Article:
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Traditional greek dating customs

Consult the map again: a vast, limitless plain stretches westward beyond the mountains of the Ural and the buttresses of the Caucasus, Russia, Poland, Germany, Belgium, the provinces of Artois and Picardy, France as far as Paris, the Loire, Poitou and Aquitaine.

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On our return we find our baggage bursting with miscellaneous objects.Small groups moved from lake to lake, and built dwellings on stacks; others erected enclosures of cyclopean masonry on ridges bounded by two valleys.All these people knew how to spin and weave; they wore clothes.Periodically great waves of humanity, coming from the Asiatic steppes, broke against her mountains, covered with forests, or on her western shores where the earth ends and there is nothing but the Atlantic beyond the reefs.They were the people of the steppes, nomads, who rode small, sturdy horses and galloped across the continent.As a matter of fact, man did not wait for wheels in order to travel.

The European savage living in the wild bush, pushed forward along the banks of big rivers like the Danube, carrying first his flint and later his bronze axes.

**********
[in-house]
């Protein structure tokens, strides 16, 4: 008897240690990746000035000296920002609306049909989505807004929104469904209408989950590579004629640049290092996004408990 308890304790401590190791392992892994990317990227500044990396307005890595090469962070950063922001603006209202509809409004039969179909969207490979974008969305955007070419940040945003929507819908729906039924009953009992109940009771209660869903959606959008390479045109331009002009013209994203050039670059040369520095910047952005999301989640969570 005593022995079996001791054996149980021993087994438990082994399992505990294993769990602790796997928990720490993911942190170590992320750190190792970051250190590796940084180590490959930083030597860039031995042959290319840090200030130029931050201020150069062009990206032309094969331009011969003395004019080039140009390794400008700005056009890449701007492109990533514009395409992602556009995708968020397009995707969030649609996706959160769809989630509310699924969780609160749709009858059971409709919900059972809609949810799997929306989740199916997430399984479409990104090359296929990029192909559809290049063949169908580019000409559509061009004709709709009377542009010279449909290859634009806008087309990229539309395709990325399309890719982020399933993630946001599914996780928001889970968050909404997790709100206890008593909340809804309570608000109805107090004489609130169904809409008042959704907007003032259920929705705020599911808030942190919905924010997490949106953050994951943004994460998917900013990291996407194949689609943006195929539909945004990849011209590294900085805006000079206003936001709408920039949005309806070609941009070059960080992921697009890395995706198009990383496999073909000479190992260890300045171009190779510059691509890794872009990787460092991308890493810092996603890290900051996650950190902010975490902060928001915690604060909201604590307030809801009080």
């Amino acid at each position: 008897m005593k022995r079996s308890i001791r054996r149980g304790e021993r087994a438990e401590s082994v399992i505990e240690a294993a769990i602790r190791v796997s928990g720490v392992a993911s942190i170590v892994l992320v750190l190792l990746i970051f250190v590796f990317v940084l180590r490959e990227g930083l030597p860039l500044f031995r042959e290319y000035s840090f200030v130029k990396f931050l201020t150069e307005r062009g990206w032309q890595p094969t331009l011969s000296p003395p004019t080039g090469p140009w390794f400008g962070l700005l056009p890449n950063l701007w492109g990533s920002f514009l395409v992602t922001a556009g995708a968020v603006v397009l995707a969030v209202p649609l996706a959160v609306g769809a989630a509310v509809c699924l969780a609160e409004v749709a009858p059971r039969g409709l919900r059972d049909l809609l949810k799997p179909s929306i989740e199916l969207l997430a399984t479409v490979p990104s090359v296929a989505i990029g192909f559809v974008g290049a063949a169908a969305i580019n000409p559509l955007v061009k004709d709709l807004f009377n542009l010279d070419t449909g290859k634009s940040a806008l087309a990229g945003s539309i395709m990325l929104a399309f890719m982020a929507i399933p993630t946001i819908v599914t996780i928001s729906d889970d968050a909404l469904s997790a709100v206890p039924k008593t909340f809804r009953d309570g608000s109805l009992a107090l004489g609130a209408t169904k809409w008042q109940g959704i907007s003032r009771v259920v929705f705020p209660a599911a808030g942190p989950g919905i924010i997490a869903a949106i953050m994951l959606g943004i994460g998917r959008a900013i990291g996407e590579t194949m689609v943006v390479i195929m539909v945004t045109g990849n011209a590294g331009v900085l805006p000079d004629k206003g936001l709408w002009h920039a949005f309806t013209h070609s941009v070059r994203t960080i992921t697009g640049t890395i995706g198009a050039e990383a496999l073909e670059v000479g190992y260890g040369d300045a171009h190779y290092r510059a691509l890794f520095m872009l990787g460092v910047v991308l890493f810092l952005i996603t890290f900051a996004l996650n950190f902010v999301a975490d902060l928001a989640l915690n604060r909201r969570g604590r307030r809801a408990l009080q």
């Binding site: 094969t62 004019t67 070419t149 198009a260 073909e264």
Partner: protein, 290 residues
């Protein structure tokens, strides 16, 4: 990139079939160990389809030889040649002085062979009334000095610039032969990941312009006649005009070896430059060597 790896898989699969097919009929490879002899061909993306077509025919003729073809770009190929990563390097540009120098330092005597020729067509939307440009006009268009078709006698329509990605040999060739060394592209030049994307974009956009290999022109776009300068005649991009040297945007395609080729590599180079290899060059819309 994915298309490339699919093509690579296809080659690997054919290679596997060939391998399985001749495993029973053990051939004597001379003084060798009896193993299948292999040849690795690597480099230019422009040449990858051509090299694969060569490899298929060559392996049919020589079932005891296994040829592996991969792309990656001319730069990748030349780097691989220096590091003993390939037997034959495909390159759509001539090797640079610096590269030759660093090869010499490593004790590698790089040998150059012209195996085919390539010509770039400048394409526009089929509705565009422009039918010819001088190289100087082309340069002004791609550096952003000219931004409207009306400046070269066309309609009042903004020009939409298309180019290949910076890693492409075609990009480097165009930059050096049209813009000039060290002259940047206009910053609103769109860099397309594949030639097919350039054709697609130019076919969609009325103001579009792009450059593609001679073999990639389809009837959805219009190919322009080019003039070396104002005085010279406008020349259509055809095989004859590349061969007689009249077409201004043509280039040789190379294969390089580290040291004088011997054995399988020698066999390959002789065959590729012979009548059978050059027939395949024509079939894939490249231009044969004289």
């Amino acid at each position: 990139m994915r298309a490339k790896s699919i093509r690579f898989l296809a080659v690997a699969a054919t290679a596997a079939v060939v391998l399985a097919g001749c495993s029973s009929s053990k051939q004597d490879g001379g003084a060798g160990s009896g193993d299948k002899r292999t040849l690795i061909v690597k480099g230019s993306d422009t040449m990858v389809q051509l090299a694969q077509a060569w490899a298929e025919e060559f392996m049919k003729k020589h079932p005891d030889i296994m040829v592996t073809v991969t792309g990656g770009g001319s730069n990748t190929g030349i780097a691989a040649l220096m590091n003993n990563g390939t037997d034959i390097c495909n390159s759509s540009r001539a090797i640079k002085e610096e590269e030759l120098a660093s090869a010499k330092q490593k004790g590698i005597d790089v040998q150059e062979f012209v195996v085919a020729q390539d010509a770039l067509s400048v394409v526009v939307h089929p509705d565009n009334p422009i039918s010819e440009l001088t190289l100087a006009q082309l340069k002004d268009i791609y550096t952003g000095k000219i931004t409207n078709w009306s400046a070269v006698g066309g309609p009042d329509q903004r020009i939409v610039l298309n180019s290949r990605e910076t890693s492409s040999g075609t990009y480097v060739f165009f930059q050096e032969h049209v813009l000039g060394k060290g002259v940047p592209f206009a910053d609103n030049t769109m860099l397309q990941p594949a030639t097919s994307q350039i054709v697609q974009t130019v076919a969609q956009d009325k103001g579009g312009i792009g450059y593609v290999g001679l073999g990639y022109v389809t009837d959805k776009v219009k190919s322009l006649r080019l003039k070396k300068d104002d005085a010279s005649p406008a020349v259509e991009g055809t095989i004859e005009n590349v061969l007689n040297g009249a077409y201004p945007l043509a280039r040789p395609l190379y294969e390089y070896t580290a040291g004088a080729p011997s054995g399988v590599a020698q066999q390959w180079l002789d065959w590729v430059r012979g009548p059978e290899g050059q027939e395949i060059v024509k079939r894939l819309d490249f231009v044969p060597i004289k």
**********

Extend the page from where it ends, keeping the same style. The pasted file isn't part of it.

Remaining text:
It is the same with regard to national costumes.—In the course of their long life nations not only surround themselves with but wear on their persons a collection of objects the significance of which they would be unable to explain.

How can we read that strange book, — the traditional dress?

I will not go as far as to say that national costumes are equal to the history of a people : an article of clothing is not a page of history.

However, look at the Bresse hat (plate 18): this head-gear which was worn by the peasant women on the banks of the Saône as late as the nineteenth century seems incredible, unless we recollect that certain French provinces were included, together with Flanders, in the Spanish Empire. Gabriel Jeanton (Gabriel Jeanton (1881-1943), the expert on folklore, has shown us that the Spanish duennas wore this sort of top-knot with black lace.

As we have already indicated in a previous publication on Central Europe, any traditional dress presents prehistoric features, and aspects inherited from fairly recent history, sometimes even contemporary fashions.